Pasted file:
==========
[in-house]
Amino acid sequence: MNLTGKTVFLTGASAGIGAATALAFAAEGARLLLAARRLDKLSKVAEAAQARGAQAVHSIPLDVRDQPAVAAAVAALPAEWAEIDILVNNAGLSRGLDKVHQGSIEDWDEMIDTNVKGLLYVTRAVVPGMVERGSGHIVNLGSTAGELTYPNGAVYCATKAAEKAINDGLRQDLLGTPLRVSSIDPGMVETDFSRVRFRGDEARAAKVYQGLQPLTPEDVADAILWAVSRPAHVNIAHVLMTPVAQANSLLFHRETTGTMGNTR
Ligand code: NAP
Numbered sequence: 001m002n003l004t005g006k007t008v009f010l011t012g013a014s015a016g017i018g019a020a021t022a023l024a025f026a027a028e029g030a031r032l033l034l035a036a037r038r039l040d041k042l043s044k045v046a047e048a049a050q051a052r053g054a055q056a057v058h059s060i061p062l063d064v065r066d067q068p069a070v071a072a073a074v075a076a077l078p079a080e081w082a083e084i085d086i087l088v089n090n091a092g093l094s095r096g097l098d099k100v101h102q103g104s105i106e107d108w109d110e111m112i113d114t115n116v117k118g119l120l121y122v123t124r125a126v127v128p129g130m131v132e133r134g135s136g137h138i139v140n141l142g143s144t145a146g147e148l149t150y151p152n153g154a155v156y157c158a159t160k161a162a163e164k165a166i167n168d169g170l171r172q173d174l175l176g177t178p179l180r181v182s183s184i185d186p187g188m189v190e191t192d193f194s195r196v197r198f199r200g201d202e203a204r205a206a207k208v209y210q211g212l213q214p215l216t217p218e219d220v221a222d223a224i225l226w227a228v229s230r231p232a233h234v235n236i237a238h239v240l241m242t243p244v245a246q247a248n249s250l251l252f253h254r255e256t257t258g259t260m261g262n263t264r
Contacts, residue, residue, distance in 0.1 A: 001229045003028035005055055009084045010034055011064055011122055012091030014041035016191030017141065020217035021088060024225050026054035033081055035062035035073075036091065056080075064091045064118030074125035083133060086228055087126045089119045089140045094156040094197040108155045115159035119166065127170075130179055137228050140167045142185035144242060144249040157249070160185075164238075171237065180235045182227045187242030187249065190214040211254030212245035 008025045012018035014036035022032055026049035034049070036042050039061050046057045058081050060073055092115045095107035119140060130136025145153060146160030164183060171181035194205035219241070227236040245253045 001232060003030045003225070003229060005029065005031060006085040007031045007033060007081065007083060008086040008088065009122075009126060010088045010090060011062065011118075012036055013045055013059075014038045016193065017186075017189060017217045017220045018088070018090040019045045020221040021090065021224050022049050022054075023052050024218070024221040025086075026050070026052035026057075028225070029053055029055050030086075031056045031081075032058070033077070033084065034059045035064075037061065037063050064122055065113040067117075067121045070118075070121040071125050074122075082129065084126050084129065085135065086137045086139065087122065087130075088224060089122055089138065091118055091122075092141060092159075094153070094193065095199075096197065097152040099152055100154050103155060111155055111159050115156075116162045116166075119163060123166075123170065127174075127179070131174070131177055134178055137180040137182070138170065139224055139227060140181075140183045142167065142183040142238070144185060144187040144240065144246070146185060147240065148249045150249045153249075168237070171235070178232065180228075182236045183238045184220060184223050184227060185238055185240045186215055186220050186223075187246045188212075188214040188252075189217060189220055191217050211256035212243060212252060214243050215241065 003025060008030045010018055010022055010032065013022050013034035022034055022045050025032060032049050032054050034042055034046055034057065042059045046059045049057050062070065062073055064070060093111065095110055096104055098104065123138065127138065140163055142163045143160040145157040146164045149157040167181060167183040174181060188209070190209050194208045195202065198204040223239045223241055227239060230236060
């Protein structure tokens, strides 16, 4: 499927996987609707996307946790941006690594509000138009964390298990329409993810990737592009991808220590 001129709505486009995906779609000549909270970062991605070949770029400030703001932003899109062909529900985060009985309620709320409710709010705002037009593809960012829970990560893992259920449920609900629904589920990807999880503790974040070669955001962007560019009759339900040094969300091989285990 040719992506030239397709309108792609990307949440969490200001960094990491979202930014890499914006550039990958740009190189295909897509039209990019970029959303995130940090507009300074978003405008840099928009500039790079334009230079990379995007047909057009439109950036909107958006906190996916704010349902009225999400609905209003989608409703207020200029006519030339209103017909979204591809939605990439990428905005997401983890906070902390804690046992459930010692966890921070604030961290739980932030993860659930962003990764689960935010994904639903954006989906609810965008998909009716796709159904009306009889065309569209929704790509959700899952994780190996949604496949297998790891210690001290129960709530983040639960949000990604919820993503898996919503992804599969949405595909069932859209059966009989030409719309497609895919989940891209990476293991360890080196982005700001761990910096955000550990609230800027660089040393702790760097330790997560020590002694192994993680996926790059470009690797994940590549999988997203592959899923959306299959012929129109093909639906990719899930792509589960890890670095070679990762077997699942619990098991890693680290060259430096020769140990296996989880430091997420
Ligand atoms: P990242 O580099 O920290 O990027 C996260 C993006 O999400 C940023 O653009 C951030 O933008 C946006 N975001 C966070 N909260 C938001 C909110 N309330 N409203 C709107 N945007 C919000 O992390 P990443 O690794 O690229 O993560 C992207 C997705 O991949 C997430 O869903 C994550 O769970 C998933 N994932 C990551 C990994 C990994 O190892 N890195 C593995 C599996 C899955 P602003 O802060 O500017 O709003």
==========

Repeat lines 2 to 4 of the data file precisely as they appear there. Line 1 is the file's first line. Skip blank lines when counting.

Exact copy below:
Amino acid sequence: MNLTGKTVFLTGASAGIGAATALAFAAEGARLLLAARRLDKLSKVAEAAQARGAQAVHSIPLDVRDQPAVAAAVAALPAEWAEIDILVNNAGLSRGLDKVHQGSIEDWDEMIDTNVKGLLYVTRAVVPGMVERGSGHIVNLGSTAGELTYPNGAVYCATKAAEKAINDGLRQDLLGTPLRVSSIDPGMVETDFSRVRFRGDEARAAKVYQGLQPLTPEDVADAILWAVSRPAHVNIAHVLMTPVAQANSLLFHRETTGTMGNTR
Ligand code: NAP
Numbered sequence: 001m002n003l004t005g006k007t008v009f010l011t012g013a014s015a016g017i018g019a020a021t022a023l024a025f026a027a028e029g030a031r032l033l034l035a036a037r038r039l040d041k042l043s044k045v046a047e048a049a050q051a052r053g054a055q056a057v058h059s060i061p062l063d064v065r066d067q068p069a070v071a072a073a074v075a076a077l078p079a080e081w082a083e084i085d086i087l088v089n090n091a092g093l094s095r096g097l098d099k100v101h102q103g104s105i106e107d108w109d110e111m112i113d114t115n116v117k118g119l120l121y122v123t124r125a126v127v128p129g130m131v132e133r134g135s136g137h138i139v140n141l142g143s144t145a146g147e148l149t150y151p152n153g154a155v156y157c158a159t160k161a162a163e164k165a166i167n168d169g170l171r172q173d174l175l176g177t178p179l180r181v182s183s184i185d186p187g188m189v190e191t192d193f194s195r196v197r198f199r200g201d202e203a204r205a206a207k208v209y210q211g212l213q214p215l216t217p218e219d220v221a222d223a224i225l226w227a228v229s230r231p232a233h234v235n236i237a238h239v240l241m242t243p244v245a246q247a248n249s250l251l252f253h254r255e256t257t258g259t260m261g262n263t264r